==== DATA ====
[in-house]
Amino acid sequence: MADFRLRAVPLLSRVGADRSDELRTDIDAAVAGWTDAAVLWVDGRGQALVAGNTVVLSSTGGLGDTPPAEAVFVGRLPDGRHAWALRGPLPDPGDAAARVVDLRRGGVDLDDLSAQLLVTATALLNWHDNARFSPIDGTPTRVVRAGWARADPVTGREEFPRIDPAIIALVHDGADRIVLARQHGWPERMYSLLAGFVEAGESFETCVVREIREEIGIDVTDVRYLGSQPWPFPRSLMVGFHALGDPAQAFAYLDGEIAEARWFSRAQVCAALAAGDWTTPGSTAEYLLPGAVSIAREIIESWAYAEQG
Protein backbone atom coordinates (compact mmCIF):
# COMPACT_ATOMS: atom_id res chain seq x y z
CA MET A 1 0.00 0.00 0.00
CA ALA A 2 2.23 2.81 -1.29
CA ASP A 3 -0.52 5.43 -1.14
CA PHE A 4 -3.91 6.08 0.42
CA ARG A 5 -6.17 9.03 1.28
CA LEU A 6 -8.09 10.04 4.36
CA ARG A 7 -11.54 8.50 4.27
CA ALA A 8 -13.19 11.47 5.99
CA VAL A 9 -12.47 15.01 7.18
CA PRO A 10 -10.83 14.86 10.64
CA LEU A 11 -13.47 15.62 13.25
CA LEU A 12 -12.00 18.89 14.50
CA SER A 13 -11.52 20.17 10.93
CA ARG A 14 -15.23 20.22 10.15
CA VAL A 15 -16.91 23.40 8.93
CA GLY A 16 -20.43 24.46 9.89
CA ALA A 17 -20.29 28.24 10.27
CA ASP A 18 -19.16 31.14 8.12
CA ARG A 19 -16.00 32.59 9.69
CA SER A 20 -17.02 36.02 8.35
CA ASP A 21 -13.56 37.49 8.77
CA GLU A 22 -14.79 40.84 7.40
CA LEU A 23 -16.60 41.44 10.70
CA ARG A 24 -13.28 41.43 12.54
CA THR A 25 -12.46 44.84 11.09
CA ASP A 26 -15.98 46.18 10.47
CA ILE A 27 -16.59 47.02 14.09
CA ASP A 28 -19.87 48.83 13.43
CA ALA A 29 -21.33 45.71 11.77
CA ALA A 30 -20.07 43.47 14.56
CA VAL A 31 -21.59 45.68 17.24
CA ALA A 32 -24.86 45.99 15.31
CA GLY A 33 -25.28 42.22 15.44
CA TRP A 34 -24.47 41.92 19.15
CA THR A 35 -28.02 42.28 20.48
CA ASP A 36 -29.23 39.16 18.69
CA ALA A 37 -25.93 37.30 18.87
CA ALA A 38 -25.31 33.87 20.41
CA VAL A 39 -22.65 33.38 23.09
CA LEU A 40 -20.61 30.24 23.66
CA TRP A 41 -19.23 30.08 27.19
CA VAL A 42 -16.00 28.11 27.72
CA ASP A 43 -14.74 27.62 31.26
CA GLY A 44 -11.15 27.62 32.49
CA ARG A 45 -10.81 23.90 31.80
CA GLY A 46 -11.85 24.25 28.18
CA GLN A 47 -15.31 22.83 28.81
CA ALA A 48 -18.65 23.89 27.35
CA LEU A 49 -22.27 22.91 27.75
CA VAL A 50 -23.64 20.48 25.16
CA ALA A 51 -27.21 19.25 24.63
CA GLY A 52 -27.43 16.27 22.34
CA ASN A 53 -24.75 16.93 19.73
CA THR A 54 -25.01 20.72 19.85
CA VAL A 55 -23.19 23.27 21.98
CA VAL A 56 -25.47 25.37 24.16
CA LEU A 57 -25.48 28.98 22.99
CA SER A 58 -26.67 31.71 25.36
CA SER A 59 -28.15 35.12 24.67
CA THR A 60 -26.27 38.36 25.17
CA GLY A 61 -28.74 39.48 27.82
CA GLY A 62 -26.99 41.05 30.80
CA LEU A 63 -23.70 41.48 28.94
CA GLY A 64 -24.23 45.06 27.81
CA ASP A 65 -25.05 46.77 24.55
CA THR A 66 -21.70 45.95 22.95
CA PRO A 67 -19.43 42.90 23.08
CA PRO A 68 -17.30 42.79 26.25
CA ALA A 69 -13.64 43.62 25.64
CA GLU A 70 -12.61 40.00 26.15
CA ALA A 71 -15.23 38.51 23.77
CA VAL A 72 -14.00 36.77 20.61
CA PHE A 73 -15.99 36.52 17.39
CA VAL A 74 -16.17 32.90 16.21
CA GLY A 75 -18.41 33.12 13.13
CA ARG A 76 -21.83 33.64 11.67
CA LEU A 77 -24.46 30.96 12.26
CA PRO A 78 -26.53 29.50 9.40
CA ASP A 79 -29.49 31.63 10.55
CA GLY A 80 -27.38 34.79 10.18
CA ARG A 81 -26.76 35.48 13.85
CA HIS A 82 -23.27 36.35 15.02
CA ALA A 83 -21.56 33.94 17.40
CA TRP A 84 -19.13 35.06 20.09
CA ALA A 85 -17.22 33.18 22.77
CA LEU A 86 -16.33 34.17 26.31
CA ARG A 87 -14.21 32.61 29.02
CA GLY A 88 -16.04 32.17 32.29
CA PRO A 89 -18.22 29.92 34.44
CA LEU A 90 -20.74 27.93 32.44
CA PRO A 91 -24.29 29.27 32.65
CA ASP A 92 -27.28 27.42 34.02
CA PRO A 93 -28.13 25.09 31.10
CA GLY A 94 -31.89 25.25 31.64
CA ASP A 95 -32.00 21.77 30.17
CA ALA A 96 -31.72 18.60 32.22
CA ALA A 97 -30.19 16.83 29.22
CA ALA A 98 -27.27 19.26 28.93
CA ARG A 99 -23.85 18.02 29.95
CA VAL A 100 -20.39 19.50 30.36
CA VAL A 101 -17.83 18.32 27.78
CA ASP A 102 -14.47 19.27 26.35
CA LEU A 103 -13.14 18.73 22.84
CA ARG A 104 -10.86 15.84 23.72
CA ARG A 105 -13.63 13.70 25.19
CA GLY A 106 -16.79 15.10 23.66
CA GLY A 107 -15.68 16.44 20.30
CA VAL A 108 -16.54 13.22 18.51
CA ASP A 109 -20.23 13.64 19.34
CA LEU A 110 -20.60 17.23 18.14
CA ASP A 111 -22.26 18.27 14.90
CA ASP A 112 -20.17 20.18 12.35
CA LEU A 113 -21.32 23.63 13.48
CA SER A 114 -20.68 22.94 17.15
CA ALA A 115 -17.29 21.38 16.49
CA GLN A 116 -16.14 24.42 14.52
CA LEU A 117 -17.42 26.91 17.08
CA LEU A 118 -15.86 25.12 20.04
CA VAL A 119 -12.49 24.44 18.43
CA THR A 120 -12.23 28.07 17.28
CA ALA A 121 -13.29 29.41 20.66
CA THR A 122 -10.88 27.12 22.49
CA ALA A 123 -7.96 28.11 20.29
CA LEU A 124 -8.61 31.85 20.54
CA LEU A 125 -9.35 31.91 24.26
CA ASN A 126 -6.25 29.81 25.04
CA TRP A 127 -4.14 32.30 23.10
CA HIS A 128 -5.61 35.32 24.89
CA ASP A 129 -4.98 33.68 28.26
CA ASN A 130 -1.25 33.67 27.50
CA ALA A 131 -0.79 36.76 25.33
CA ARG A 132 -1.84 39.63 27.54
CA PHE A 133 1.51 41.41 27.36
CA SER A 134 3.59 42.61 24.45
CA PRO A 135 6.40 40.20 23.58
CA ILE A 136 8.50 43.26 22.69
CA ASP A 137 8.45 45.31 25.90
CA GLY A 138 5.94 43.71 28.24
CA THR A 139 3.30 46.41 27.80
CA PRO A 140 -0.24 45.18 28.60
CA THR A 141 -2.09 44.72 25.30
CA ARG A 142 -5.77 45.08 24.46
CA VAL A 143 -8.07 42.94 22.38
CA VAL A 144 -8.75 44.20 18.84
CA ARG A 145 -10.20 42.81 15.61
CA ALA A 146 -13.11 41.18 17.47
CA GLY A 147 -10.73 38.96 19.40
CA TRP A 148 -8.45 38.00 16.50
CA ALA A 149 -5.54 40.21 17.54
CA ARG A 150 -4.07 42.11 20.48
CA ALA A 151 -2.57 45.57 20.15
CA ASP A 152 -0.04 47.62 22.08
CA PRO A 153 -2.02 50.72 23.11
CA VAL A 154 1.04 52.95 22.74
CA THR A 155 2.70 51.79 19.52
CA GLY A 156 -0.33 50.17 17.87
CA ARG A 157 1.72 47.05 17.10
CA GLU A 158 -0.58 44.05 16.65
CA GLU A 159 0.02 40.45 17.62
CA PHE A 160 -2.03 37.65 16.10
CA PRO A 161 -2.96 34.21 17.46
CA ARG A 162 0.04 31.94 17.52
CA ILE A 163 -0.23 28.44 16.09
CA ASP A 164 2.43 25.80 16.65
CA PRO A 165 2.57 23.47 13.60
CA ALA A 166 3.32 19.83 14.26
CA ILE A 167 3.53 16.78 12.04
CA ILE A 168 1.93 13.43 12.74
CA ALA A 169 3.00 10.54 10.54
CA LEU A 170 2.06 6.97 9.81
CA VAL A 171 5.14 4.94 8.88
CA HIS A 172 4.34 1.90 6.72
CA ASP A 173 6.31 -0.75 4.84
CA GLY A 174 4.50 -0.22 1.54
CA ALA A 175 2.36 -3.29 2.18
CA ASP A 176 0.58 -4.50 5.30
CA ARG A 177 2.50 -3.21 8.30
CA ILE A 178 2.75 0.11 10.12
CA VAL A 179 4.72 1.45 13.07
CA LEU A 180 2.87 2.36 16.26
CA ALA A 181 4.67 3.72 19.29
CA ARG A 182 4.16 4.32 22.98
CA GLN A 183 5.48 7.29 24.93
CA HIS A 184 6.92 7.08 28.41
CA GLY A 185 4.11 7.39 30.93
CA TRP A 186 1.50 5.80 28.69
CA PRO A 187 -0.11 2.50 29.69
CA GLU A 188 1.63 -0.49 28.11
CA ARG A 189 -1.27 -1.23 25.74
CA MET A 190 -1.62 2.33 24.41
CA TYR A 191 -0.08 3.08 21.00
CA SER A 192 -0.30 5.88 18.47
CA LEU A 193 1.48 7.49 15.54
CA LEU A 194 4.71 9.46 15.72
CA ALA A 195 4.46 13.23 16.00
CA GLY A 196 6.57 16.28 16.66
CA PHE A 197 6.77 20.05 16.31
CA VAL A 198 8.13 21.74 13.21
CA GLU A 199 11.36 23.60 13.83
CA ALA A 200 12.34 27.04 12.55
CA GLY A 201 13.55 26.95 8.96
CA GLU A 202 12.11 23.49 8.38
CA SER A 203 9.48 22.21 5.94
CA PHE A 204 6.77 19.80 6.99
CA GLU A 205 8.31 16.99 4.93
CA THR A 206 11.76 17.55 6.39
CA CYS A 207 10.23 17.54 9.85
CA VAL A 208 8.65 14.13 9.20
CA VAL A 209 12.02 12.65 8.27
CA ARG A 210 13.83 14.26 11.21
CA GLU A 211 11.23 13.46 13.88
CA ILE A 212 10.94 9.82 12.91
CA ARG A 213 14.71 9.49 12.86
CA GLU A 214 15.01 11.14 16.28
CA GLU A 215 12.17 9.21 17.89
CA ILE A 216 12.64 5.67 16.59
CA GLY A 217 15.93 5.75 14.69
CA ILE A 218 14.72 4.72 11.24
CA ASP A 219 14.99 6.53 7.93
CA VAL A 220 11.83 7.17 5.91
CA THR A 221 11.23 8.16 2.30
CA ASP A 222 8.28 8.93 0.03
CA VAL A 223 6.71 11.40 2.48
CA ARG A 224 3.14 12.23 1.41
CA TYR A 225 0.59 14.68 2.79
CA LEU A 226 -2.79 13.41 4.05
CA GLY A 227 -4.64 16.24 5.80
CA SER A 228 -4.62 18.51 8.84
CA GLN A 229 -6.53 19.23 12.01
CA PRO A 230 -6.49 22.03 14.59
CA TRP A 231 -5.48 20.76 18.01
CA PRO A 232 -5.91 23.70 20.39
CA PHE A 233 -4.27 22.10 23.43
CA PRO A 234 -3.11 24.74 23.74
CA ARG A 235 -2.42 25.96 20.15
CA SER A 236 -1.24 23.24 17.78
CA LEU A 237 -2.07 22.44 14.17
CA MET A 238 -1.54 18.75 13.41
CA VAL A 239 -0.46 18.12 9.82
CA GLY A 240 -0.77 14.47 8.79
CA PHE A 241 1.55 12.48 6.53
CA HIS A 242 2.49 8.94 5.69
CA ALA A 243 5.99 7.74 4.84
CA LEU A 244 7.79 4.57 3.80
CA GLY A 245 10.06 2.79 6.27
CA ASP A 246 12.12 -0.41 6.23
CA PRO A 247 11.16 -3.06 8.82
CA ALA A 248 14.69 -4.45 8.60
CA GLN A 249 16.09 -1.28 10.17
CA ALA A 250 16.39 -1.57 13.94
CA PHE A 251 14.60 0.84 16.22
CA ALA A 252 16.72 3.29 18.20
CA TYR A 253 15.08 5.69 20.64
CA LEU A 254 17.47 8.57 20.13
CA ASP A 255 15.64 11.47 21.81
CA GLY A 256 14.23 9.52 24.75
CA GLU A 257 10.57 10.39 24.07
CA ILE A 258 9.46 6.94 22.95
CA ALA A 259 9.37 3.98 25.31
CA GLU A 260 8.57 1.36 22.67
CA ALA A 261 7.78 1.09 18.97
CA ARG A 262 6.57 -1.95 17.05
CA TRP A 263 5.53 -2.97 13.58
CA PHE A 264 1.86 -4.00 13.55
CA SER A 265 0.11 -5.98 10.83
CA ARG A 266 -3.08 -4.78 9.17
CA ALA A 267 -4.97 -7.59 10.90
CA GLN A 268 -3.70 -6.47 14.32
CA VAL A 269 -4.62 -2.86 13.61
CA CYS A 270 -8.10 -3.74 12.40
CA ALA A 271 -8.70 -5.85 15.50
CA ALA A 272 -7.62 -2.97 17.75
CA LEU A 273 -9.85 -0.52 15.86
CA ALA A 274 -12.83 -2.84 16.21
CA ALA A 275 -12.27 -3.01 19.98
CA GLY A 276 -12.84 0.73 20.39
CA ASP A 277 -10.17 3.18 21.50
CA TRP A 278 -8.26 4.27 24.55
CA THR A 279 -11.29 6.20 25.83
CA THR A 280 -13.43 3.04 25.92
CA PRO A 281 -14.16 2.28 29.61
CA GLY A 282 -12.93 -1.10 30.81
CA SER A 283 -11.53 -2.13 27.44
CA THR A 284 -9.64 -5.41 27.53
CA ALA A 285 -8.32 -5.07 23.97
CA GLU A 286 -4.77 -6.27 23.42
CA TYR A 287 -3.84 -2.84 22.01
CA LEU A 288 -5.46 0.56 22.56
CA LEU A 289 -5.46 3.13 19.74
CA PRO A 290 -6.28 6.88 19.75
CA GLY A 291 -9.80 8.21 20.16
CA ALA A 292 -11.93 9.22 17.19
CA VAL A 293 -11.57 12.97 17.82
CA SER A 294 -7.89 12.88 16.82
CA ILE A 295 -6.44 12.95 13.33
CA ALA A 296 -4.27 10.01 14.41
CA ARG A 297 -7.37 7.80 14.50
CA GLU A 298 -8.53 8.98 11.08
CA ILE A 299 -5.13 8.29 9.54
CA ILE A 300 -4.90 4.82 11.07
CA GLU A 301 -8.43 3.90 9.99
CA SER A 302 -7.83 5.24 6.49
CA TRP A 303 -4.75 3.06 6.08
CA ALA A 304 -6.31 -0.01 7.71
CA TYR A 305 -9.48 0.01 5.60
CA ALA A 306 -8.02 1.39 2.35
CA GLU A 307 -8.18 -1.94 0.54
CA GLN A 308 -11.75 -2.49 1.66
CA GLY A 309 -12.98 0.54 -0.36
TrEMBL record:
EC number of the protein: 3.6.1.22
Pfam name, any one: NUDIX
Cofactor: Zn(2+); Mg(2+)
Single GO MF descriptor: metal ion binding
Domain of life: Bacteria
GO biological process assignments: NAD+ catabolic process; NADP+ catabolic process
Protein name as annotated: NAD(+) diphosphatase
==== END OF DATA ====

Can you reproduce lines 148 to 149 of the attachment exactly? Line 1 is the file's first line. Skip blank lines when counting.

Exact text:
CA VAL A 144 -8.75 44.20 18.84
CA ARG A 145 -10.20 42.81 15.61